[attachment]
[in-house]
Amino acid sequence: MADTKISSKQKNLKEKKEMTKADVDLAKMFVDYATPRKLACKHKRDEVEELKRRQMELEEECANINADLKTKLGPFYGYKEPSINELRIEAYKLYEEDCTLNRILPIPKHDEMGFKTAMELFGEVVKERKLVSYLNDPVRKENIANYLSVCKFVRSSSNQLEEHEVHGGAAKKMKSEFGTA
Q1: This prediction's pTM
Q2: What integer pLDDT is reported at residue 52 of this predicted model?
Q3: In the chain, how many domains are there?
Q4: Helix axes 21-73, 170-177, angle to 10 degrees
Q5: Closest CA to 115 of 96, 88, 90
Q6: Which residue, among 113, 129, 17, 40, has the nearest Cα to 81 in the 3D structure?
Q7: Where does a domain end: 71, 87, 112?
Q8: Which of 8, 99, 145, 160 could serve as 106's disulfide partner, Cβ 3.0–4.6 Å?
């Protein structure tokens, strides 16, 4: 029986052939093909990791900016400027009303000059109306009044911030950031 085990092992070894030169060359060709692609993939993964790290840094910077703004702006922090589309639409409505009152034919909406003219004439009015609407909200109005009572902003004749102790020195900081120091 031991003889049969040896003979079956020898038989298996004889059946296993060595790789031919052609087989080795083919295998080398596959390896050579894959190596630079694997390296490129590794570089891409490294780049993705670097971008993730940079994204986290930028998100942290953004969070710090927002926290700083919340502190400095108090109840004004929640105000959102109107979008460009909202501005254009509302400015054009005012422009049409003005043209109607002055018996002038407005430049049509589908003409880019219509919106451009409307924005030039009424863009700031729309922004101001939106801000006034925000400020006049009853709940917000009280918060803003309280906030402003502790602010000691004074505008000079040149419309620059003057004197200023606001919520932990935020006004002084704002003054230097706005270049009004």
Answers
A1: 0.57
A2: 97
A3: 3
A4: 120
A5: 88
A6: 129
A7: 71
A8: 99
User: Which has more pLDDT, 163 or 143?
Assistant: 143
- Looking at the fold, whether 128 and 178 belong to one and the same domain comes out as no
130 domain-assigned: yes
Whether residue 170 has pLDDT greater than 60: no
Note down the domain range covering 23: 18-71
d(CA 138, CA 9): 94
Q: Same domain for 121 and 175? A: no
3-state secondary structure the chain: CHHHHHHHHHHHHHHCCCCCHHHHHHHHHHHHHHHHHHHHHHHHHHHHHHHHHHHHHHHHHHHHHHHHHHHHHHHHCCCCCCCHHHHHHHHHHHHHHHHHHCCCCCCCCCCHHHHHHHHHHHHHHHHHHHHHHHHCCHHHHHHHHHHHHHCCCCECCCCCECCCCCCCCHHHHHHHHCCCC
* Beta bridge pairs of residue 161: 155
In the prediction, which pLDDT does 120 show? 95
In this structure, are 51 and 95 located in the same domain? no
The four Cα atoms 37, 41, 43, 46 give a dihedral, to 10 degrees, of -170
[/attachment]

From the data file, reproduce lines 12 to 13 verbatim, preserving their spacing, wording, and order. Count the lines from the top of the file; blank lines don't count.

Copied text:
Answers
A1: 0.57